Mar 28, 1993 The Socialist government is voted out of power in favor of the Center-Right Union which wins 484 out of 577 seats in the national assembly riding on a wave of anti-immigrant sentiment as well as displeasure over rising crime and unemployment.
Mar 29, 1993 Center-Right Gaulist Minister Edouard Balladur is appointed Prime Minister
Apr 5, 1993 The new government's top immigration advisor recommends slashing the number of immigrants arriving into France by more than half of the current level of 150,000 legal immigrants.
Apr 8 - 10, 1993 About 250 high school students protest and riots occur in the northern town of Tourcoing after police shoot and critically wound a young North African (who dies several days later.) This shooting is one of several separate incidents of police shootings in recent days, not all of which involved North Africans.
May 6, 1993 French magistrates and human rights groups condemn a leaked government policy document on immigration as racist and xenophobic and note that parts of it could violate the European Convention on Human Rights. The measures include tough conditions for those seeking long term residence permits, a minimum one year wait for naturalization for foreigners married to French nationals, automatic expulsion without appeal of unregistered non-Europeans and restricted entry for families of foreigners working and studying legally in France.
May 10, 1993 2,000 anti-racists and left-wingers march in central Paris to protest against a draft bill containing tougher conditions for acquiring French nationality. The bill includes a provision that children born of foreigners in France will have to apply for French nationality between the ages of 16 and 21 rather than receiving it automatically at the age of 18 which has been the case thus far.
May 14, 1993 The nationality bill is passed by Parliament's lower house.
May 21 - 23, 1993 France's Roman Catholic Bishops voice support for the country's immigrants and warn against making them a scapegoat. The government responds that it is not its intention to make scapegoats of immigrants.
May 31, 1993 Vandals break into a Turkish worker's club in eastern France.
Jun 1, 1993 Arson destroys a factory owned by a Turkish national in Grenoble and swastikas are found daubed on the charred walls. France announces that it plans to halt immigration.
Jun 2, 1993 The new nationality bill is approved by the cabinet. It contains restrictions on immigrants bringing their families to France, delays naturalization of foreigners married to French nationals, provides for the expulsion of foreigners without identification and places new restrictions on asylum requests. The bill is criticized by human rights groups and the opposition left who think immigration has been unfairly blamed for unemployment and crime. The bill is passed a month later.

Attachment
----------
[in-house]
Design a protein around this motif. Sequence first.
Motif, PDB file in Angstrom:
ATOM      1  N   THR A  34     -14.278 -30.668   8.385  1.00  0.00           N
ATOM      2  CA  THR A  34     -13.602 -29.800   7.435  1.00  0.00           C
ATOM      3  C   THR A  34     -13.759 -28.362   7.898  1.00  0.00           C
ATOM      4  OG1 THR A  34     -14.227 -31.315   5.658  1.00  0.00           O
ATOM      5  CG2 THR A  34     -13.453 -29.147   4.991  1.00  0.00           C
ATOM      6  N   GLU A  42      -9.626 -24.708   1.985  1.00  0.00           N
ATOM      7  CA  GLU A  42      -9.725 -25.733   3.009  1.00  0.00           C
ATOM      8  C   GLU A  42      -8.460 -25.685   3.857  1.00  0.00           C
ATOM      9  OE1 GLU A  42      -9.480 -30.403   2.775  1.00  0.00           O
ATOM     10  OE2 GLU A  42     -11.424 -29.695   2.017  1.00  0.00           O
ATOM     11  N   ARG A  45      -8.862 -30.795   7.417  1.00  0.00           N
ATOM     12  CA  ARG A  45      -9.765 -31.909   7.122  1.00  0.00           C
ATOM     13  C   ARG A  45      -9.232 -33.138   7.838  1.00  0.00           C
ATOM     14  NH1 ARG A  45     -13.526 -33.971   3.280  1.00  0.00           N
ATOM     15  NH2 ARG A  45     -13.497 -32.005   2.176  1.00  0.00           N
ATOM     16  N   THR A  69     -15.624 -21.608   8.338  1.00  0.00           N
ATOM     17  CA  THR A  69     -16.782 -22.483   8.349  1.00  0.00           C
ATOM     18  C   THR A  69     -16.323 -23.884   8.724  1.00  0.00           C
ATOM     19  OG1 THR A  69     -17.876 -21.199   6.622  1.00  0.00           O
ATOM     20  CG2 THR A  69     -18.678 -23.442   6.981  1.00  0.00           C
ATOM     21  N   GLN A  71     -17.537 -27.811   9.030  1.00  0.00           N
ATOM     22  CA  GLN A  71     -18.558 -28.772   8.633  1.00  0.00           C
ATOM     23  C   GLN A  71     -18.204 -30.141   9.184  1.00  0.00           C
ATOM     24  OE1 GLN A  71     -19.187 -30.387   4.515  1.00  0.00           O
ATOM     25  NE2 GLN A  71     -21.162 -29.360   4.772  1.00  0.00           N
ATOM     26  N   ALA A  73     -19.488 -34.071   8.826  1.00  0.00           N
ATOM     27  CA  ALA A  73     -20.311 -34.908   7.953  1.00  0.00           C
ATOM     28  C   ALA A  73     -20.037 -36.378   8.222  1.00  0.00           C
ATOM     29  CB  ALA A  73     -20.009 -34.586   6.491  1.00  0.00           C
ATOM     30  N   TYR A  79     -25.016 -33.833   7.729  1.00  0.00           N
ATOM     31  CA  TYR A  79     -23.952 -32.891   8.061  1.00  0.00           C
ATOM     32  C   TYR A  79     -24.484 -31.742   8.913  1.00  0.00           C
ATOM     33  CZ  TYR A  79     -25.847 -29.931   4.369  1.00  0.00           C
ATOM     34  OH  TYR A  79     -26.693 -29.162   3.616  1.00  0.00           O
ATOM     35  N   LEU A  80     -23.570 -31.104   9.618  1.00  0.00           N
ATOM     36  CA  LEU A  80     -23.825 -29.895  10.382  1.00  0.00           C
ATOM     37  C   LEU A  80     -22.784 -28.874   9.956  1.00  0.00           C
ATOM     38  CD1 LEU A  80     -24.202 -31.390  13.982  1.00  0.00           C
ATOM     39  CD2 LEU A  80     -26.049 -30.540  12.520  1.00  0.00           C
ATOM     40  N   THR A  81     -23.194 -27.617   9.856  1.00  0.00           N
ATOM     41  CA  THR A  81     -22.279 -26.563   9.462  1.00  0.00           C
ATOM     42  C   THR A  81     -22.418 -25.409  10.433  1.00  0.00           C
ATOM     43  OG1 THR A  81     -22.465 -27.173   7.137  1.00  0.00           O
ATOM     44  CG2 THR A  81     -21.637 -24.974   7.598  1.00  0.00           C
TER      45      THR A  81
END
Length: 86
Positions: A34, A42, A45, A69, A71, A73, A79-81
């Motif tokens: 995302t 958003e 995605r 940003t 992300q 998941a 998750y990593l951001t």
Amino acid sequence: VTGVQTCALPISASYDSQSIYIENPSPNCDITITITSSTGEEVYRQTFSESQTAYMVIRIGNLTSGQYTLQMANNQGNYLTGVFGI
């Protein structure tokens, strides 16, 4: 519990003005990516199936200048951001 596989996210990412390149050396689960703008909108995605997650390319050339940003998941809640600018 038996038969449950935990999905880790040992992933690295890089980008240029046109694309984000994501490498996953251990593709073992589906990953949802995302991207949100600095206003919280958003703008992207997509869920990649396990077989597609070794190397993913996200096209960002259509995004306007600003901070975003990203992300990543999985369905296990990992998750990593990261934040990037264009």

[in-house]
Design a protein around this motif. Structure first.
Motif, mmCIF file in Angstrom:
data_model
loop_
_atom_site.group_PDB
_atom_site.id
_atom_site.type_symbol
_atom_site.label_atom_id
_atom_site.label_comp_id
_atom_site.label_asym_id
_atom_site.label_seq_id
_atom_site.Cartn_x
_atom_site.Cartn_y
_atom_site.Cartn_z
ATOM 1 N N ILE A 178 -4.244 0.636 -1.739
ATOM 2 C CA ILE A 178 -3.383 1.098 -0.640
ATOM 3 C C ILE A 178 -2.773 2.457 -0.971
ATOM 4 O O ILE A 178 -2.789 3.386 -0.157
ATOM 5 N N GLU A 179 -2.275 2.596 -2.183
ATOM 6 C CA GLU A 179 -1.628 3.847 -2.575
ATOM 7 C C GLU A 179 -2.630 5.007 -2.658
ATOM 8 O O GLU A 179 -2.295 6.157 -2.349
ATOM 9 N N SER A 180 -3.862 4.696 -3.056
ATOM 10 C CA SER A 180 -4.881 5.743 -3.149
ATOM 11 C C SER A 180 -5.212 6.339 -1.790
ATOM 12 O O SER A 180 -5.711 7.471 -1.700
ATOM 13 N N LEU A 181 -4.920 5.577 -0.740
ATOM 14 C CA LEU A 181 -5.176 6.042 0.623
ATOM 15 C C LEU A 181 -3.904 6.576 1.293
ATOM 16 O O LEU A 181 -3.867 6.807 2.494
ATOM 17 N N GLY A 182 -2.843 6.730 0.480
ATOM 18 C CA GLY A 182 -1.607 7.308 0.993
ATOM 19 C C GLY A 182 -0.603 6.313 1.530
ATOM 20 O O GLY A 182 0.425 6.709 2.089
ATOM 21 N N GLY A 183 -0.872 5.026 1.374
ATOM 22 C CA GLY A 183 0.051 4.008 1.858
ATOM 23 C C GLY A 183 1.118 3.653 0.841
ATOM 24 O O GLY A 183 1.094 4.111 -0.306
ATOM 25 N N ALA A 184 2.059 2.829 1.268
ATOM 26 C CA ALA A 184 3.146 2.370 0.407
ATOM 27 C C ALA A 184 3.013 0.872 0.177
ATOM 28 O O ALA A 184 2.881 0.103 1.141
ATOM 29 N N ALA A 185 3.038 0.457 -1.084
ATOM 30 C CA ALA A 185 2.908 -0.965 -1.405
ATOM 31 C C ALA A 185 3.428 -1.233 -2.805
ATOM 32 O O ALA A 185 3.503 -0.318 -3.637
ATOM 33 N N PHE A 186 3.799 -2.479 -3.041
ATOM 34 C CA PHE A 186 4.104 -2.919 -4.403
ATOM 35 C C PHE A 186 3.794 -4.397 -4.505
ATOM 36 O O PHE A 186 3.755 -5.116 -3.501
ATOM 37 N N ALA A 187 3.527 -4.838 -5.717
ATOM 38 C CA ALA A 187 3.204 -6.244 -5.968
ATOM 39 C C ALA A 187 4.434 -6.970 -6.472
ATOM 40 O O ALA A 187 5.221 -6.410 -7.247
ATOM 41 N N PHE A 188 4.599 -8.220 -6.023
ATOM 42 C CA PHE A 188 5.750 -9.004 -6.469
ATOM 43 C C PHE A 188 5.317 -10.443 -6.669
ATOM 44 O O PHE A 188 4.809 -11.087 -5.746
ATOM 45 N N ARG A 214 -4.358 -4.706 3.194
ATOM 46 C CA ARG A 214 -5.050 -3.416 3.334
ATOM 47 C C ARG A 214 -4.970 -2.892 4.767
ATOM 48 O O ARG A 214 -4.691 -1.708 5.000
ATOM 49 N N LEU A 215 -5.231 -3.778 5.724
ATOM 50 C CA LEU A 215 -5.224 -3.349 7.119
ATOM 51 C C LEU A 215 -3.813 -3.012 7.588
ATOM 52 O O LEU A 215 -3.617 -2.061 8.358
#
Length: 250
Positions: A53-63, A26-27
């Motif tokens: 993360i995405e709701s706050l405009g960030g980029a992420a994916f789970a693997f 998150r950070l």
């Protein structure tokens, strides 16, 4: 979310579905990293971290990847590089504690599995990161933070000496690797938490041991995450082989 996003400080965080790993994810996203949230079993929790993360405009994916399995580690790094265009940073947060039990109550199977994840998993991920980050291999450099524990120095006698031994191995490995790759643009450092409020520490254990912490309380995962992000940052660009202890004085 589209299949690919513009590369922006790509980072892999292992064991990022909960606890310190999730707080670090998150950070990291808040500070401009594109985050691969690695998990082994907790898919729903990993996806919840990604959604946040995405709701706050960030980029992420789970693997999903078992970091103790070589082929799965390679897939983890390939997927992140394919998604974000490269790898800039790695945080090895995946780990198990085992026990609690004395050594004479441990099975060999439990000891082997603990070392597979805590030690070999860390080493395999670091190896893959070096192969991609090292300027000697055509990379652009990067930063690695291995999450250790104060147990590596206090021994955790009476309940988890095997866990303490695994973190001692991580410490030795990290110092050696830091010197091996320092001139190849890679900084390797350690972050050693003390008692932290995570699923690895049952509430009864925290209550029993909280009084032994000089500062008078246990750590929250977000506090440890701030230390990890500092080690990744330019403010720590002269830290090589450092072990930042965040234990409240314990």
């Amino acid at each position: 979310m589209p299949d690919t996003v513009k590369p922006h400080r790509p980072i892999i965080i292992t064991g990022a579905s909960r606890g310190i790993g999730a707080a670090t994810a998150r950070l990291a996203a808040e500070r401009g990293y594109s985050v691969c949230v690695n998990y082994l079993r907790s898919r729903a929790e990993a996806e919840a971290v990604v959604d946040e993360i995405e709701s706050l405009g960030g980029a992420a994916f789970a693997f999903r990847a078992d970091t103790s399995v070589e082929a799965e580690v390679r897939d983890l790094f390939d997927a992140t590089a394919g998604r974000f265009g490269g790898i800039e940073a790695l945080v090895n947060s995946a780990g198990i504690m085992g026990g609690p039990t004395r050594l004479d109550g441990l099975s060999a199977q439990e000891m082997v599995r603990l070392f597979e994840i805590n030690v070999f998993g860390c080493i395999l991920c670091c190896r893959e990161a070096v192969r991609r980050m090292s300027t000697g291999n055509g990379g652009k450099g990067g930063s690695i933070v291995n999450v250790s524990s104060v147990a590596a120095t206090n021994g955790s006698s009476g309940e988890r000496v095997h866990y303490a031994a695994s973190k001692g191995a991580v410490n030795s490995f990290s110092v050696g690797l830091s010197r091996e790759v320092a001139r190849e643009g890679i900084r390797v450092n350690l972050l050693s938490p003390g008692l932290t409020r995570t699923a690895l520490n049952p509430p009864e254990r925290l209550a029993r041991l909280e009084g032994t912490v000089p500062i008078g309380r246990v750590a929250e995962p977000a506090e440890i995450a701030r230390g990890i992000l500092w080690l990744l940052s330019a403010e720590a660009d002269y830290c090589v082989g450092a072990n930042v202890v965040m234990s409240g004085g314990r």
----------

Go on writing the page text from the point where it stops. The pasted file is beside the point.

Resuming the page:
Jun 11, 1993 French human rights groups condemn a draft law which Parliament has just passed sanctioning random identity checks saying it would heighten racial tension and cast suspicion on anyone who is not white. The bill is approved by the Senate and made into law about a month later.
Jul 10, 1993 A French policeman is jailed before his trial for possible charges of seriously beating a young Bahraini. French policemen are frequently accused of brutality against Arab immigrants.
Aug 14, 1993 France's Constitutional Council rejects key provisions of the government's anti-immigration measures saying they deprive foreigners of basic rights guaranteed to anyone living in French territory.
Sep 22, 1993 The government approves a draft law to reinstate key provisions of its immigration law declared unconstitutional last month.
Sep 29, 1993 Skinheads douse with petrol and set on fire two 20 year old Frenchmen of North African extraction.
Oct 12, 1993 Teachers in a school in southern France stage a strike to protest against 4 schoolgirls of Moroccan and Turkish origin wearing headscarves in class. The schoolgirls are later expelled for refusing to take off their headscarves. A Turkish preacher is deported in a related incident when he said that Islamic law supersedes French law in this case.
Nov 1993 Roundups of suspected Kurdish Peoples' Party (PKK) members occur leading to protests by Kurds. France eventually bans Kurdish groups it says are associated with the PKK as terrorist groups.
Nov 1 - Dec 31, 1993 French police crack down on suspected Islamic fundamentalists from North African countries.
Dec 10, 1993 An Algerian national hijacks an Air France plane at the Nice airport demanding to be flown to Libya.
Dec 20, 1993 Justice officials report that a blaze which killed 6 Turkish Kurds a month ago could have been set deliberately.
Jan 27, 1994 Two teenagers stab to death a 15-year-old Moroccan boy in the Paris metro after a fistfight in which the Moroccan and two friends made racial taunts against the older teenager who is black.
Feb 3, 1994 According to a poll, support for the views of the National Front has fallen to 19% from its peak of 32% in October of 1991. However, 35% support its anti-immigration views among the general populace as opposed to 43% among the supporters of the ruling Centre-Right coalition.
Feb 5, 1994 Several thousand people march across Paris to protest against the Centre-Right government's new laws on immigration. Among the marchers are a large contingent of Kurds protesting against a sweep on Kurdish activists last November.